How to Improve Boxing Speed and Force
A solid combination of speed and force can reinforce the soundness of your boxing technique, greatly impacting your performance. Improving these key factors therefore can go a long way in determining your success as a contact sport athlete, whether you’re amateur boxer or a professional. Here are some quick pointers on how to maximize your punching power potential, while enhancing your agility:
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- Build Muscle Strength
The effectiveness of a punch lies in the amount of force that you can muster up and channel into it – force that comes from your torso and lower body rather than just your shoulders. Deadlifting, front squats and fast pushups are a good way to toughen your chest muscles, hamstrings, and glutes, as well as your lower back and core. Incorporate similar exercises into your workout routine to strengthen the muscles that drive your punches.
- Spar As Much As Possible
Training with a punching bag can be predictable – it’s relatively stationary and doesn’t induce the same psychological effect that training with a real person – similar to the opponents you’d have to face, does. Sparring with somebody you don’t know can infuse a degree of uncertainty into your training session, which will help sharpen your reflexes,consequently increasing your punching speed and accuracy.
- Shadowbox With Weights
Using weights while shadowboxing for a while, and then setting them aside, can help you feel a distinct increase in your punching speed. The weights make it more difficult to punch the way you regularly would at first, but overcoming the obstacle that you set in your own path can give you the strength you need to up your game. Shadowboxing with weights can also help train you not to punch too fast when you’re actually competing – an action that can tire your arms out to early, decreasing your overall speed and performance. Practicing with weights also strengthens your shoulder muscles and your arms, increasing your stamina which will help keep you focused for longer.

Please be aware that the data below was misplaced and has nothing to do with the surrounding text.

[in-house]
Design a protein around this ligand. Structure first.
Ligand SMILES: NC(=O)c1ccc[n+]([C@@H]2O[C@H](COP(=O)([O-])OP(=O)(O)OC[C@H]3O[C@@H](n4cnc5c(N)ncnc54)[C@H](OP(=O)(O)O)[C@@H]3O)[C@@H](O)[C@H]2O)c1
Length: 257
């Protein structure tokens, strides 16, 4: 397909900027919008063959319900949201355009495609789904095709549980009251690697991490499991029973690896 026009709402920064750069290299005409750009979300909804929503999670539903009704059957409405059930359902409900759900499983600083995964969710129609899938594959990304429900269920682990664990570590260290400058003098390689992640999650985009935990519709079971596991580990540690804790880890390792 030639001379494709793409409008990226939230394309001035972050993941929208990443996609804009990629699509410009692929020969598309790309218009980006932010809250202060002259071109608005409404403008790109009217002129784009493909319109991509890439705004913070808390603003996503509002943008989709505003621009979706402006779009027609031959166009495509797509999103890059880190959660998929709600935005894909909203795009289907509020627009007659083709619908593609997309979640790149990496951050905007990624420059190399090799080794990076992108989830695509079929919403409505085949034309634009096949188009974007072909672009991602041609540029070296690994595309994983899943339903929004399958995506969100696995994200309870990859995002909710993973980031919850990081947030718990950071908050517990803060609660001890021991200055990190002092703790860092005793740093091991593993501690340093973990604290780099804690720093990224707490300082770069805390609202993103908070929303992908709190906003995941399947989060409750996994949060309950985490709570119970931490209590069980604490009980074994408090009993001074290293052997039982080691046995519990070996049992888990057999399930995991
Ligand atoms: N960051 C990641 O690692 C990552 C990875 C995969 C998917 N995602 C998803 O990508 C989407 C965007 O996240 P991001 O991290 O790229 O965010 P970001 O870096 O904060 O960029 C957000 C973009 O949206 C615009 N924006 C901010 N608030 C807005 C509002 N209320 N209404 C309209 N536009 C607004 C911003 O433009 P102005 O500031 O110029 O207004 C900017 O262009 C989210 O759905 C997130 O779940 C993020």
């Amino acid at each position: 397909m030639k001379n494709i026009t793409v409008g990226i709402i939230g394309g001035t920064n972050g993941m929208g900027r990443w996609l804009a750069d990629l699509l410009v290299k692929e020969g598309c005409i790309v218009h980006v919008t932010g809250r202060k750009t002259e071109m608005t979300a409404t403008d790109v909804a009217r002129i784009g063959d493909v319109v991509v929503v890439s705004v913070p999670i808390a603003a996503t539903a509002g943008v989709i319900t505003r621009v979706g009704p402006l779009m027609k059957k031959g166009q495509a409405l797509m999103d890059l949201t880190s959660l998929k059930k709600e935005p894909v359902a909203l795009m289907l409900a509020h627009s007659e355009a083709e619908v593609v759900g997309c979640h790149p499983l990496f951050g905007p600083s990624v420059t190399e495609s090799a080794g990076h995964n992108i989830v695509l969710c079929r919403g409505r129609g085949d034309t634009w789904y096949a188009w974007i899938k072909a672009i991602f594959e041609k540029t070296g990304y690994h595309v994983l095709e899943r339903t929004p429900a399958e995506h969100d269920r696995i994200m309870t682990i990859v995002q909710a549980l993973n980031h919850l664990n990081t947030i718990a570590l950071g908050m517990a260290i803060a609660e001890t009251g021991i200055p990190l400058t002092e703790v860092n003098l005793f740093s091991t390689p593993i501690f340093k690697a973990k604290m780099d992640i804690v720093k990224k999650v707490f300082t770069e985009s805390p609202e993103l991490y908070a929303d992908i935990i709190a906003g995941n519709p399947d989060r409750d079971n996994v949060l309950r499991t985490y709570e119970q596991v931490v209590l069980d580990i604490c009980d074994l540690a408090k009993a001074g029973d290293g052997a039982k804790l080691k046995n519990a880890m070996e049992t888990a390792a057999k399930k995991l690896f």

- Increase Your Flexibility
The more you can move, the more force you can put into your punch. Increasing your flexibility by doing some static stretching moves at the end of your workout can help loosen fatigued muscles and allow you to make use of an even greater amount of body mass, while boxing. A higher amount of mass increases the force of your movements. This will also help with your footwork, allowing you to “dance” faster, and with more ease. An increase in speed while moving can make it more difficult for your opponent to effectively hit you.
- Clear Your Mind
How fast you move, throw a punch, or how much power you put into your punch all depend on your ability to focus. Keeping your head in the game can keep you engaged with your opponent, by keeping your reflexes sharp. This can help improve your ability to read your opponent and predict his or her moves better. It’s important to make sure you’re relaxed while training, or while competing. Clearing your head and avoiding distractions can make a huge difference to your performance, while also affecting how tired you get, and how quickly.